With the upcoming ceremony for NASCAR‘s Hall of Fame, they will be inducting the person responsible for most of the changes that have taken place in and around pit road for the last 50 years. The orchestrated 15 second pit stop we see on television today was the brain child of Leonard Wood and Mr. Wood will take his place in history on February 8th along with fellow inductees in the Hall’s fourth class are NASCAR Sprint Cup Series champions Buck Baker, Herb Thomas and Rusty Wallace and car owner/builder/driver/crew chief Cotton Owens.
Leonard Wood is 78 years old and is from Stuart, Virginia. He came into racing with his brother Glen, who drove the cars, while Leonard did the rest. In a time before there were manuals and collegiate class rooms full of information on how to build and repair a race car, Mr. Wood had to figure it out by himself. Now, most of the information young people get when seeking a career in racing was developed by Mr. Wood.
When NASCAR was in its infancy, races were primarily run on dirt tracks and race lengths were between 200 and 250 laps. When racing migrated to super speedways and race lengths extended to as much as 500 miles, techniques were needed to service the cars on pit road faster. Mr. Wood always said, it’s easier for my driver to pass cars on pit road, than on the track, so he set out to find a way to get his driver in and out of the pits faster.
In the early years, floor jacks weighing 70 to 80 pounds were used to lift the race cars. They also required a strong man to pump the handle – up to 10 pumps for tire clearance. Wood took apart the jack, inserted larger pistons and – presto – his brother Delano Wood could get the car off the asphalt by pumping two or three times.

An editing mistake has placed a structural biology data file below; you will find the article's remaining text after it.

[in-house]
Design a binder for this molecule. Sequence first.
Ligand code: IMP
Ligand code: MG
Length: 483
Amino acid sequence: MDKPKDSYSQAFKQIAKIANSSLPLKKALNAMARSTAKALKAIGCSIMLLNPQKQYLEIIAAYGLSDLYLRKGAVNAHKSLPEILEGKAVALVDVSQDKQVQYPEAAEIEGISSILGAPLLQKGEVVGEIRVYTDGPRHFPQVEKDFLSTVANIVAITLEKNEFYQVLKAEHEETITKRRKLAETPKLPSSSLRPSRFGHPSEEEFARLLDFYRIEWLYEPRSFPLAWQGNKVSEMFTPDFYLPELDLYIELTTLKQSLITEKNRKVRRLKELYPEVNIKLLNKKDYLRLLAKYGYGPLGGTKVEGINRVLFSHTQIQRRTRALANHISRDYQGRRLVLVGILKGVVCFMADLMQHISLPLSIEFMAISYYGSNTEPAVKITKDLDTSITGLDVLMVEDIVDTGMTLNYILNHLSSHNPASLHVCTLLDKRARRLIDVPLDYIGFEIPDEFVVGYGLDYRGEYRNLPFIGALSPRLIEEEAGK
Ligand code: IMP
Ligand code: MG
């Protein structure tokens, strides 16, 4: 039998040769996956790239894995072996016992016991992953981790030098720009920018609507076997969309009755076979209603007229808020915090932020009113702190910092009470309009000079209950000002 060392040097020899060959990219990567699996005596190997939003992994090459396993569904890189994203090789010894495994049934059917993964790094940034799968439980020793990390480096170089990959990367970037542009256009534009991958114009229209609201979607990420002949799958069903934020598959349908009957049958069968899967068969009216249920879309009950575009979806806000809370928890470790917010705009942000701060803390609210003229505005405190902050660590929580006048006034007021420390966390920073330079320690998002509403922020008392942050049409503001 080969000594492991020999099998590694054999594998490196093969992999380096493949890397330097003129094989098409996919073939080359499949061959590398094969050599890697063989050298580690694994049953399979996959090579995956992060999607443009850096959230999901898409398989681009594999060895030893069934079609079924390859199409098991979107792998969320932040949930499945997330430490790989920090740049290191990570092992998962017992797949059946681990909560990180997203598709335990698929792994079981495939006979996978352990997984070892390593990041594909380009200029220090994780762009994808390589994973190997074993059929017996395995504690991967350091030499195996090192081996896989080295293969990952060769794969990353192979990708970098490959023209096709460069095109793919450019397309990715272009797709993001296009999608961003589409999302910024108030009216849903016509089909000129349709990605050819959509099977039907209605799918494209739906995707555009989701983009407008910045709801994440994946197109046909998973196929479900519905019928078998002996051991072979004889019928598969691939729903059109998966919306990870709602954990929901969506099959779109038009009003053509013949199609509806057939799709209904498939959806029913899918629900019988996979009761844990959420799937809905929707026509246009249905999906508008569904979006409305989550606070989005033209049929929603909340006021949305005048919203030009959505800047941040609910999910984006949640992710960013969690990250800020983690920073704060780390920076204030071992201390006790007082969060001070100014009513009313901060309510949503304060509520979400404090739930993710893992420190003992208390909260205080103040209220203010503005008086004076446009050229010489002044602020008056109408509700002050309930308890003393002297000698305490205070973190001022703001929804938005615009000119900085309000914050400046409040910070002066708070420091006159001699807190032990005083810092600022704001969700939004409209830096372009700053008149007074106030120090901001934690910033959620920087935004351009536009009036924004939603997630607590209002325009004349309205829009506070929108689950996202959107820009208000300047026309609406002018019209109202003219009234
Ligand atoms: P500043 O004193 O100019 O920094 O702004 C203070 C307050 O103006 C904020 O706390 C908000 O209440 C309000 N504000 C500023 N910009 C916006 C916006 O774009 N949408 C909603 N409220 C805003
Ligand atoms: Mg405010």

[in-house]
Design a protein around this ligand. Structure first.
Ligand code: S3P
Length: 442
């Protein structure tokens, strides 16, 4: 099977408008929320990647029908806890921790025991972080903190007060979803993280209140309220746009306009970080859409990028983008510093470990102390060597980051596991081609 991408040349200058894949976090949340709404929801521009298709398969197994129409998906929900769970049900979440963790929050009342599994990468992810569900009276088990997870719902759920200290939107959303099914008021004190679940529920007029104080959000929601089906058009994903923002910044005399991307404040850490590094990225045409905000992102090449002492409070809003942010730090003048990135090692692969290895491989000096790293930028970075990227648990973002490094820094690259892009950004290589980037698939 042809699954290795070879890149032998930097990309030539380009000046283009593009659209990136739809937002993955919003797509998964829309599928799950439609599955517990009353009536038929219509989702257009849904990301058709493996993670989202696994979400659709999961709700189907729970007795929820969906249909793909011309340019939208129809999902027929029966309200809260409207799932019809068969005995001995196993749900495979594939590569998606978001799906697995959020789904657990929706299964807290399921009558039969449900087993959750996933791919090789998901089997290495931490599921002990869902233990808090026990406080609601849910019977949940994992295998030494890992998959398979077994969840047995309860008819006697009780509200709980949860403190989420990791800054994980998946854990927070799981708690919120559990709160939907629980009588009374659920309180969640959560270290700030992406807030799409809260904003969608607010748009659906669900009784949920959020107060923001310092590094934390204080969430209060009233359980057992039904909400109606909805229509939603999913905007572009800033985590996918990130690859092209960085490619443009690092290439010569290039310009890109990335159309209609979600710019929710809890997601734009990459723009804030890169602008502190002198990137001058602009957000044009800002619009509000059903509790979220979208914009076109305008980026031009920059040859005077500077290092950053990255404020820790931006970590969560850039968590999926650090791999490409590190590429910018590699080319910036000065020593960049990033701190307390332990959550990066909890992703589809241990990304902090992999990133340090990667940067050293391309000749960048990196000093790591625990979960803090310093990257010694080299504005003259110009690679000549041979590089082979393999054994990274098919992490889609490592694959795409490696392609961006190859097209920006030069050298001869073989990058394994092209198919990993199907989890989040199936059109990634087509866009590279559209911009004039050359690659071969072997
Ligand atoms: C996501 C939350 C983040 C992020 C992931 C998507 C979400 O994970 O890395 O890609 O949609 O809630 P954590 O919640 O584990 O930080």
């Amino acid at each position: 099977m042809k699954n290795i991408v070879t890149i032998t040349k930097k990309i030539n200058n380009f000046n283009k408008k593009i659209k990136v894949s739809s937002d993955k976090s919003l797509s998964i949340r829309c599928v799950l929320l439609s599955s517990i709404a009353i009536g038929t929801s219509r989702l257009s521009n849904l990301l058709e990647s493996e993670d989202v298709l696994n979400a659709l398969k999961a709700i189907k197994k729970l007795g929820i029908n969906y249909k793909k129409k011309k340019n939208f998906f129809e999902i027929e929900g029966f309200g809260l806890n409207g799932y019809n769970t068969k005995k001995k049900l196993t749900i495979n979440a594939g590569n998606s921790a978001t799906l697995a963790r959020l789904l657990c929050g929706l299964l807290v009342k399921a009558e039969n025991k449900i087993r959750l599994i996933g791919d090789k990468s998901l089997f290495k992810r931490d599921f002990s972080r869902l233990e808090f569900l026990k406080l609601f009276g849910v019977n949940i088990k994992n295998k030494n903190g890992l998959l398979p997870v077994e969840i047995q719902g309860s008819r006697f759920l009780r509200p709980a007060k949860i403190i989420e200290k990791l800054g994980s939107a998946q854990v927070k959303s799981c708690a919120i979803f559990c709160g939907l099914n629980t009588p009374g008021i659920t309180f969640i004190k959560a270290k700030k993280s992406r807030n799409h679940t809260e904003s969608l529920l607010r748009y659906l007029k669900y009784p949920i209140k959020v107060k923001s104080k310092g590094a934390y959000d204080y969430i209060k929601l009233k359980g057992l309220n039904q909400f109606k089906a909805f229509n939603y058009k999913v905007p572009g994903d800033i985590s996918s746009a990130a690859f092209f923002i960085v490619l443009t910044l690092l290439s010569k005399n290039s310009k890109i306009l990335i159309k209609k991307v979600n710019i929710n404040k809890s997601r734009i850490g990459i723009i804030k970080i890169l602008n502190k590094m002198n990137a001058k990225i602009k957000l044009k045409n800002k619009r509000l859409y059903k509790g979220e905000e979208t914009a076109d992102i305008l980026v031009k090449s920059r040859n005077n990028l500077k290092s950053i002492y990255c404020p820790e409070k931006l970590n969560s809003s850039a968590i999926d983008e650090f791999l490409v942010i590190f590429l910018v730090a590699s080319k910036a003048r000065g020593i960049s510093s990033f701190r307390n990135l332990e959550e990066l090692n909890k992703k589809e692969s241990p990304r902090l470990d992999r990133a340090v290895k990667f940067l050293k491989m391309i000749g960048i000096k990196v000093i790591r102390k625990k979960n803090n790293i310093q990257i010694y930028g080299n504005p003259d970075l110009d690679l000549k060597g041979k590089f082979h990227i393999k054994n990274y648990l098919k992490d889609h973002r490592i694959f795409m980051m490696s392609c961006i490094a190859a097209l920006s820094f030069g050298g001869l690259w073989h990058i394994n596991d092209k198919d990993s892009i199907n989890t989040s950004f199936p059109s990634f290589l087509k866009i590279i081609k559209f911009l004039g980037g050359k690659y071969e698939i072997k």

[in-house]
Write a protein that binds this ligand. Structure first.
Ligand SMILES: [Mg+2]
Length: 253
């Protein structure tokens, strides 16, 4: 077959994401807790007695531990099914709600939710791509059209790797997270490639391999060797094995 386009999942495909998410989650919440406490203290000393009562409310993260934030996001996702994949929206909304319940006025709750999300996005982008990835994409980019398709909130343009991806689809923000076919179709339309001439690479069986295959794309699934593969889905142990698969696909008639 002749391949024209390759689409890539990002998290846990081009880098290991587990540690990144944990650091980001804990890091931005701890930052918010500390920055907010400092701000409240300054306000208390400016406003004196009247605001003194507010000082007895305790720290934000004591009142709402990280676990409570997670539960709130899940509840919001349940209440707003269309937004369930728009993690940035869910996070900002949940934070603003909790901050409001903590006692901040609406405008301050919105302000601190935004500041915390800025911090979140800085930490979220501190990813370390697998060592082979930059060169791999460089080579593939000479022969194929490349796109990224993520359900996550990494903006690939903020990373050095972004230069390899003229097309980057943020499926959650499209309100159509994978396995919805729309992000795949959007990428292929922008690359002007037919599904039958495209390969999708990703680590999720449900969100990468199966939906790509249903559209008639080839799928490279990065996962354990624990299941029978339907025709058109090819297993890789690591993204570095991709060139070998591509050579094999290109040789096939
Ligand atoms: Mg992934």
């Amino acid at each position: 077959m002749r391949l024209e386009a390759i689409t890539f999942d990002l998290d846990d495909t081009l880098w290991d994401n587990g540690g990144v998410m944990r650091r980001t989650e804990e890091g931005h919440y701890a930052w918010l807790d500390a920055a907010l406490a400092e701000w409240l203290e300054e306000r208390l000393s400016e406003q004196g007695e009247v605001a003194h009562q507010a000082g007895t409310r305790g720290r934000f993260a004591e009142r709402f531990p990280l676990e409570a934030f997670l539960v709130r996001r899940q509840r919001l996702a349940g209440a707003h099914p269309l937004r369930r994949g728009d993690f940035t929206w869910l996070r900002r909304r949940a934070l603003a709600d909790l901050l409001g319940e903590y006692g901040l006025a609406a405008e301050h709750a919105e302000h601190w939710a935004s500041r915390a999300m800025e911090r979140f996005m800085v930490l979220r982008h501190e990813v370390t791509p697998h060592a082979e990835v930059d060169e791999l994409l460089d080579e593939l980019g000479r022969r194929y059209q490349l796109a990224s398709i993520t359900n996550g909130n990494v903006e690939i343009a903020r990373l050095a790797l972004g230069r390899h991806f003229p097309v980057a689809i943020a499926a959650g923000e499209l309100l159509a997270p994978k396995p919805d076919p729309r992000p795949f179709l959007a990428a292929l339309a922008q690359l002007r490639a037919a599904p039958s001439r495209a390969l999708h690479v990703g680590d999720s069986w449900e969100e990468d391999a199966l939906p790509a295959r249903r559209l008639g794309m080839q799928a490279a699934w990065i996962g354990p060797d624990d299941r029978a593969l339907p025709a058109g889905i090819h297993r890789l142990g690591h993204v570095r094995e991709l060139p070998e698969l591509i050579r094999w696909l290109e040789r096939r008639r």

He ported and polished the mechanisms in the team’s air guns, allowing lug nuts to be removed and replaced more quickly. Finally, Wood modified the inside of the team’s dump cans so that gasoline flowed faster.
The youngsters in and around the Wood Brothers number 21 Ford still marvel at his ability to fabricate without blueprints, schematics or manuals. If you can describe what you want, he can make it.
Leonard’s brother Glen and former NASCAR star, now ESPN analyst, Dale Jarrett indicated that if the team needed something to run faster, and it wasn’t available, he would build it. He just always had the knack to find, manufacture, and build anything the team needed. A true pioneer in a young sport with little or no support for technical problems.
I’m glad that NASCAR finally has a place like the Hall Of Fame where the stories of the people who started this wonderful sport can be told, and their accomplishment made a part of history. The modern NASCAR fan who wasn’t around in the beginning needs to have a place where they can find information on these older ladies and gentlemen who, like Leonard Wood, were true pioneers in the sport we know and love today.
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